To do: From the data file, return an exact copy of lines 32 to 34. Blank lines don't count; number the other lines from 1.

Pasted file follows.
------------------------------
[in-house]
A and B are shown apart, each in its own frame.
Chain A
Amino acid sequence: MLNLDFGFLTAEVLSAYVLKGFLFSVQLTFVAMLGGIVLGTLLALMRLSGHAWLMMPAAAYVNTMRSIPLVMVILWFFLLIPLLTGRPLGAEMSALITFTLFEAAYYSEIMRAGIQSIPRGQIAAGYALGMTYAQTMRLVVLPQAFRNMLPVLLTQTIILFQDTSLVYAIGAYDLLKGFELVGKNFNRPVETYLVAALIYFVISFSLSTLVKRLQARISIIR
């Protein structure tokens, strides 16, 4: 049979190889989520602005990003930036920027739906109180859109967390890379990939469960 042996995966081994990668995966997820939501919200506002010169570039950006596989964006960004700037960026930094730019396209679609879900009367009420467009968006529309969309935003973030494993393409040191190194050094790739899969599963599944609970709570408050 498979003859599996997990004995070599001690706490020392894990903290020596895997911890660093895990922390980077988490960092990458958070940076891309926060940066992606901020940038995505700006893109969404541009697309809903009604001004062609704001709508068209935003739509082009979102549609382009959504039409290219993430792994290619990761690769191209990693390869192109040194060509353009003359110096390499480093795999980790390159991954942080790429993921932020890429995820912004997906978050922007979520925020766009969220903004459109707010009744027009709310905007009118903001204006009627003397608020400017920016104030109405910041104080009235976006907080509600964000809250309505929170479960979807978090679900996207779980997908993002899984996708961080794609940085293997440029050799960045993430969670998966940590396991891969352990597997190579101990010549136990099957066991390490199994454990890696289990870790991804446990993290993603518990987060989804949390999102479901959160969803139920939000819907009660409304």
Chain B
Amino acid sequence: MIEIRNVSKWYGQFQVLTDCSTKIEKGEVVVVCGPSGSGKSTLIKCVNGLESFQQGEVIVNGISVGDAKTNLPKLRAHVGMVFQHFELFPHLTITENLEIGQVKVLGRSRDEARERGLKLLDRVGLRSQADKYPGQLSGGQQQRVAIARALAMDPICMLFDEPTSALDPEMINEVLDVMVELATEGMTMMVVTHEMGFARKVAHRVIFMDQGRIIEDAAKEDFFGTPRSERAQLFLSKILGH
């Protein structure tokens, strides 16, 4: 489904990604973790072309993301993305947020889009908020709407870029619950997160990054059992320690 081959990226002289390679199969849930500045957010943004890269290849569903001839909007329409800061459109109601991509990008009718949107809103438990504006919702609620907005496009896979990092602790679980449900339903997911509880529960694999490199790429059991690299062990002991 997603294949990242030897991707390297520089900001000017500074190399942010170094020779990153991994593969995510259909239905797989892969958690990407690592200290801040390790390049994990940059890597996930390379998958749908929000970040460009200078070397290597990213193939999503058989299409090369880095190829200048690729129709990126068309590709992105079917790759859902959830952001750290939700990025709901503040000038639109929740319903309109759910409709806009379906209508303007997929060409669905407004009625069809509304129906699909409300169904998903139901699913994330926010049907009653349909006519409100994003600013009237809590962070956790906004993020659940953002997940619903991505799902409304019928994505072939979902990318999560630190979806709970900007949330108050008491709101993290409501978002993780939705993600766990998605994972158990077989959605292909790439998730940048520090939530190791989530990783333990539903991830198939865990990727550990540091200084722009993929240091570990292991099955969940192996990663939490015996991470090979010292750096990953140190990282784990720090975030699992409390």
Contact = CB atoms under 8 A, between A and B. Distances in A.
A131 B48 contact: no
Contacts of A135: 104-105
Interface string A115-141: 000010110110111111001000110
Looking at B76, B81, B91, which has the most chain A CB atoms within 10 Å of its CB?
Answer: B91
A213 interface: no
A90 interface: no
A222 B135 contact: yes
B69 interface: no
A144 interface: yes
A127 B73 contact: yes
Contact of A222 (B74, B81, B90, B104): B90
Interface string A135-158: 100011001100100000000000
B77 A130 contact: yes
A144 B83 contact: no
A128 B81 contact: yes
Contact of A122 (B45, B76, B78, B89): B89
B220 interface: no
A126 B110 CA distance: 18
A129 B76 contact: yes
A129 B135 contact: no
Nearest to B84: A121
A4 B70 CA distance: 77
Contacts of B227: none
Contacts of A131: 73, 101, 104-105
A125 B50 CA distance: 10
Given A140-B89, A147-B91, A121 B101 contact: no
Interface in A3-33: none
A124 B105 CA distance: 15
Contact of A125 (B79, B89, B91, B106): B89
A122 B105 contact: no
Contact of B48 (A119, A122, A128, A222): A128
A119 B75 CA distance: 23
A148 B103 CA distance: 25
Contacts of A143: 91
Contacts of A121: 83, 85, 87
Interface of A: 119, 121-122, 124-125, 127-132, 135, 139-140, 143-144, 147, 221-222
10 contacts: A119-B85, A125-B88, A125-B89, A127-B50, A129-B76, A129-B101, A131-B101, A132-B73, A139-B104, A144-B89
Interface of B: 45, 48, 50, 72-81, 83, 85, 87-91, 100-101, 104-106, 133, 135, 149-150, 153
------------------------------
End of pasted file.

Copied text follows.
A4 B70 CA distance: 77
Contacts of B227: none
Contacts of A131: 73, 101, 104-105